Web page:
Check out these related articles:


Investing in the stock market can be immensely rewarding. However, if not done properly it could lead to major disappointments. Below are a few things to keep in mind before investing in individual stocks:

  • Never simply rely on gut feelings or free tips and recommendations. You always need to understand the companies that you pick.
  • You should only invest your surplus finances.
  • Investing is a long-term game and therefore, have patience and do not get flustered by short-term market dips.

One of the most widely used strategies for researching stocks is called Fundamental Analysis. This strategy attempts to determine whether an investment is correctly valued in the stock market. Its goal is to find out whether a company is undervalued or overvalued, and thus helping you to make a good investment decision.

Fundamental analysis considers the qualitative and the quantitative aspects of a company. You need to consider both aspects when picking a stock.


This includes looking at the management and board as they are responsible for the company’s future. Other qualitative factors may include the company’s competitive advantages as these could impact its ability to remain profitable long-term.


This includes looking at the company’s past financial performance, that is the hard facts and numbers. Generally, you want to find out whether the company’s earnings have continued to grow over a long time.

The 3 main financial statements that you would look at include Balance Sheet, Income Statement, and Statement of Cash Flows. Publicly traded companies are legally required to publish quarterly statements (10-Qs) and annual reports (10-Ks). You can find the financial statements of a publicly traded company on the Investor Relation Page of the company’s website.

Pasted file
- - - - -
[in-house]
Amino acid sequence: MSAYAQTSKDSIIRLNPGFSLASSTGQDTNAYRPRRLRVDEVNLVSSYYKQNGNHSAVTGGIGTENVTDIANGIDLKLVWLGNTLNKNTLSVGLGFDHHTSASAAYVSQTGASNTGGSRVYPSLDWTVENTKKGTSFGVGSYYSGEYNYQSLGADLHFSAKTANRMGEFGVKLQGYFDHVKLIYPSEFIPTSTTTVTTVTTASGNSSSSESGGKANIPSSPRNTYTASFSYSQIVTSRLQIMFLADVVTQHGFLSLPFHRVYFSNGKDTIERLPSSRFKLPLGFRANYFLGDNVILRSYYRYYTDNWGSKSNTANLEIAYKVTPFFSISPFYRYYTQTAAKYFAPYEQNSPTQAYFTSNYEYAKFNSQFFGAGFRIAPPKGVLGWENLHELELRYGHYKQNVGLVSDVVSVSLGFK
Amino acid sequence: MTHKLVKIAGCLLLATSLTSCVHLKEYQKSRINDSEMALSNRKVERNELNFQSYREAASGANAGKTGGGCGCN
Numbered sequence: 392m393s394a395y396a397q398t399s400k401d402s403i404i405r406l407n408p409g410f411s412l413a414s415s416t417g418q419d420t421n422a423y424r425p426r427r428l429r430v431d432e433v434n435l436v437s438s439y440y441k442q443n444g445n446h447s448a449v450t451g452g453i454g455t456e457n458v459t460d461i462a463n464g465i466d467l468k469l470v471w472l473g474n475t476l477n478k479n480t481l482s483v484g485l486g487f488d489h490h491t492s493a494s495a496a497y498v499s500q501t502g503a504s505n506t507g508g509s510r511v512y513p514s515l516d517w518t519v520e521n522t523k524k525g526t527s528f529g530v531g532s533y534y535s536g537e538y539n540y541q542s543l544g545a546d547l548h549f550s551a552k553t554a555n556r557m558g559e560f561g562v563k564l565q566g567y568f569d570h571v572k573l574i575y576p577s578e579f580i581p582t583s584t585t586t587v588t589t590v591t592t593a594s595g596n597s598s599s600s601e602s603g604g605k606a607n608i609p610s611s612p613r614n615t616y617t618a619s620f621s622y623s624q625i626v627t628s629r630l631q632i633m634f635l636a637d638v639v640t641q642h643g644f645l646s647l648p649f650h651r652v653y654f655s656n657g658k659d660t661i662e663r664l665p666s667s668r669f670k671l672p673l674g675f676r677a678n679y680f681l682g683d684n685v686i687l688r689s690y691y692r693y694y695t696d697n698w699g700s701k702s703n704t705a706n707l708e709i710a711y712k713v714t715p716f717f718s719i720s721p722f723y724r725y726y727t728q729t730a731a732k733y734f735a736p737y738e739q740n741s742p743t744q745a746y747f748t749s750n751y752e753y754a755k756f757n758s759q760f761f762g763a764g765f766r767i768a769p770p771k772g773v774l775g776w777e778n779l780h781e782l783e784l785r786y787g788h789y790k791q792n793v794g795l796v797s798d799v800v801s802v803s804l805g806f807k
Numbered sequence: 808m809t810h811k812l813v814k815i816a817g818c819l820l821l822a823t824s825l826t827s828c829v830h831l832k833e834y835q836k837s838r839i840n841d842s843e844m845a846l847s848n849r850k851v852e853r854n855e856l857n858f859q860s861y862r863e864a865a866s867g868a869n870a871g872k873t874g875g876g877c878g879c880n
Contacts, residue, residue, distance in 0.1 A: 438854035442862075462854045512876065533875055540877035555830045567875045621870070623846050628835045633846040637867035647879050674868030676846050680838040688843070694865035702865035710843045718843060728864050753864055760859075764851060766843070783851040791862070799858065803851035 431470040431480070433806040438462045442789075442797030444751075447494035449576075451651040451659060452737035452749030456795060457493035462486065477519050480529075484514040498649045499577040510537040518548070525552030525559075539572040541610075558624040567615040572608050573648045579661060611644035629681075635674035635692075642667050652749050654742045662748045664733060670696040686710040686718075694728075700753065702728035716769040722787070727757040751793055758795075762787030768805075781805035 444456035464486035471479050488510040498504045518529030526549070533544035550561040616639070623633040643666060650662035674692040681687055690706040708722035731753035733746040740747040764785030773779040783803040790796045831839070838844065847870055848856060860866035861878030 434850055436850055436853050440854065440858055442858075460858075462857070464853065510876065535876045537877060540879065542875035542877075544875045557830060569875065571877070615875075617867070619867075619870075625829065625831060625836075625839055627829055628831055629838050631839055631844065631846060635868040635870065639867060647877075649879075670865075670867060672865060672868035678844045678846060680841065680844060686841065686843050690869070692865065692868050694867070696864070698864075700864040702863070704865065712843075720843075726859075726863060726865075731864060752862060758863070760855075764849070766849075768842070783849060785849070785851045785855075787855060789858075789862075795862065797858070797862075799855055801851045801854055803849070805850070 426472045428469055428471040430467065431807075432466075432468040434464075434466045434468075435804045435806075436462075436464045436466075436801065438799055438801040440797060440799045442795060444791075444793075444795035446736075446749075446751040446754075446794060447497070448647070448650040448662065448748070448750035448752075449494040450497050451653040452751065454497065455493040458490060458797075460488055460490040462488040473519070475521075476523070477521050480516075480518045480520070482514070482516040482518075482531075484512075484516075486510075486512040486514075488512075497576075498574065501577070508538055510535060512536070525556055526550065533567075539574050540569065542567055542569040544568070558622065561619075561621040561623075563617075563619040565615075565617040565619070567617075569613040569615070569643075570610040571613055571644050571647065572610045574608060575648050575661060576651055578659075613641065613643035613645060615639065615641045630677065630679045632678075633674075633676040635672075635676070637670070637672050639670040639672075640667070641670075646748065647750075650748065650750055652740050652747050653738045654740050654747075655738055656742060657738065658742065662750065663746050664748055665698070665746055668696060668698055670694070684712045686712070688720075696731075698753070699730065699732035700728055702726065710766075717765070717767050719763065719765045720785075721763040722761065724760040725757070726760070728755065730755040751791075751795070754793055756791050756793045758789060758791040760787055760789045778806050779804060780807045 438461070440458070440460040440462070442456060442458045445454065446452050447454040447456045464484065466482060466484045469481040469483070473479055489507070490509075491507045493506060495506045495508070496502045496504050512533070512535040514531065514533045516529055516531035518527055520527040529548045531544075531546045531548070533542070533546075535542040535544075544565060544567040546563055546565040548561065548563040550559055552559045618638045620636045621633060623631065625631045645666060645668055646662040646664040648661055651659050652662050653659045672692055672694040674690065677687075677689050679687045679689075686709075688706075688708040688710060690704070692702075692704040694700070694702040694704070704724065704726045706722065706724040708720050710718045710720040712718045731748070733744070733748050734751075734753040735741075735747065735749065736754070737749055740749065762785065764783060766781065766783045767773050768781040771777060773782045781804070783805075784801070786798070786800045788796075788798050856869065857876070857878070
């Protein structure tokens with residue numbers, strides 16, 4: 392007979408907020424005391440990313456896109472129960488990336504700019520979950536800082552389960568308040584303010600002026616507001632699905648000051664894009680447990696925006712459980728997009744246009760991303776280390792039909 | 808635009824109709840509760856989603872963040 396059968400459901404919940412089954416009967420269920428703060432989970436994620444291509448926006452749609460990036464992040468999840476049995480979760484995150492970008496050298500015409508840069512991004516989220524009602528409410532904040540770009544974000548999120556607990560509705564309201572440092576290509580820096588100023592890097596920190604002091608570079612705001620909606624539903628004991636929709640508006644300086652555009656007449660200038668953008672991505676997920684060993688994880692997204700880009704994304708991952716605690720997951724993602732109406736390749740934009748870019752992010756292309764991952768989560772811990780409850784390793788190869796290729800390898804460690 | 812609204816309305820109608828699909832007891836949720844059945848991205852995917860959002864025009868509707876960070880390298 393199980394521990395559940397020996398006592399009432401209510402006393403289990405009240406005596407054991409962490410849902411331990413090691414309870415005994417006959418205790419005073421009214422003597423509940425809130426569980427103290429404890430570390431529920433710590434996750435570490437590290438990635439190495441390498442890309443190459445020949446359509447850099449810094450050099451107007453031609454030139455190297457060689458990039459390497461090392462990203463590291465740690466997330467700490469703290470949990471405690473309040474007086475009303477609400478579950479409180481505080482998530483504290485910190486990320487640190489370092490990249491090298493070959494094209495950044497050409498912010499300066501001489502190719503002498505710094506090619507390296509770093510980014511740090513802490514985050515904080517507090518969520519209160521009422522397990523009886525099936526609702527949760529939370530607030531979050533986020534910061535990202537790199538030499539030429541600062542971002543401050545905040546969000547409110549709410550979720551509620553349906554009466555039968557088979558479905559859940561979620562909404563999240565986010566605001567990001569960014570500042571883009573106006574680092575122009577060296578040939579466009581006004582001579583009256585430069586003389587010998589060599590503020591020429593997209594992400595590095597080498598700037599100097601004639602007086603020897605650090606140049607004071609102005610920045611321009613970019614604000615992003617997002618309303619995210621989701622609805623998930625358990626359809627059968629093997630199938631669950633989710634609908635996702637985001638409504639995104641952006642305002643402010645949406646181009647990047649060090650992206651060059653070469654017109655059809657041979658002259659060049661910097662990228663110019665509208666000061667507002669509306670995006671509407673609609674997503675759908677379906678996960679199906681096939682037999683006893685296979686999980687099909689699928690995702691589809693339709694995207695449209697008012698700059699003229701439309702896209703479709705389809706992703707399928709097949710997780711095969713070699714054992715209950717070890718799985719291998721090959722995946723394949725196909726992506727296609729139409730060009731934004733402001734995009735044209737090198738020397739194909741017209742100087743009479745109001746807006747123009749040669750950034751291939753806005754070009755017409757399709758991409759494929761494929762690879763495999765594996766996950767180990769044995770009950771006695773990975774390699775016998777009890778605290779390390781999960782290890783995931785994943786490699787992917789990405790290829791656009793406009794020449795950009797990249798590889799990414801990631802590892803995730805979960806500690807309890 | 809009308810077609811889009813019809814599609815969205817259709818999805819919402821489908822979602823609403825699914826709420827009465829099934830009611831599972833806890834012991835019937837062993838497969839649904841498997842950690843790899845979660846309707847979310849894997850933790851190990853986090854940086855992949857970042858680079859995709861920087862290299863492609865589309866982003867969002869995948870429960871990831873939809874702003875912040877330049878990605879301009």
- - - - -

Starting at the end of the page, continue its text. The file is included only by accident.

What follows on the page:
Some of the key numbers and ratios that you would need to look into include:

  • Earnings per share (EPS): This ratio shows how much money a company makes for each share of its stock. A high EPS indicates high profits.
  • Price-earnings ratio (P/E): This ratio measures a company’s stock price relative to its EPS. A price-earnings ratio may indicates that a company is overvalued. It could also indicate that investors expect a high growth rate in the future.
  • Debt-equity ratio (D/E): This ratio calculates how much debt a company has relative to its shareholders’ equity. It indicates the company’s ability to cover its debts. Acceptable amounts of debt will vary across different industry groups.

If you have never looked at financial statements before, there will be a bit of a learning curve for you in this step. But with interest and patience, anyone can learn how to quantitatively analyze companies to make good investment decisions.


Tax is an important aspect to consider in your investment strategy. When investing in the stock market, you are typically subject to capital gains tax depending on where you live. Tax applies to stock market capital gains once they have been realized by selling your investment(s).

Generally, if you hold your investment for more than a year before selling, the profits will be taxed at a lower rate. However, if you sell after holding your investment for less than a year, the gain will generally be taxed at your personal tax rate which is typically higher.

You can also minimize and even avoid capital gain taxes by using tax-advantaged accounts. The two most common methods that could enable you to reduce your tax bill include tax deferral and tax exemption.


This allows you to defer paying taxes on capital gains to a future date when withdrawals are made from an account, typically during retirement when most people are in a lower tax bracket. Additionally, this allows you to realize an immediate tax deduction on the amount of your contribution.

 The common tax-deferred retirement plan in Canada is the Registered Retirement  Savings Plan (RRSP). The common tax-deferred retirement plans in the United States are the Traditional IRAs and 401(k) plans.


This allows your investment to grow tax-free. Any gains realized in such plans are not subject to capital gains taxes. However, there is no immediate tax benefit because contributions are usually after-tax dollars.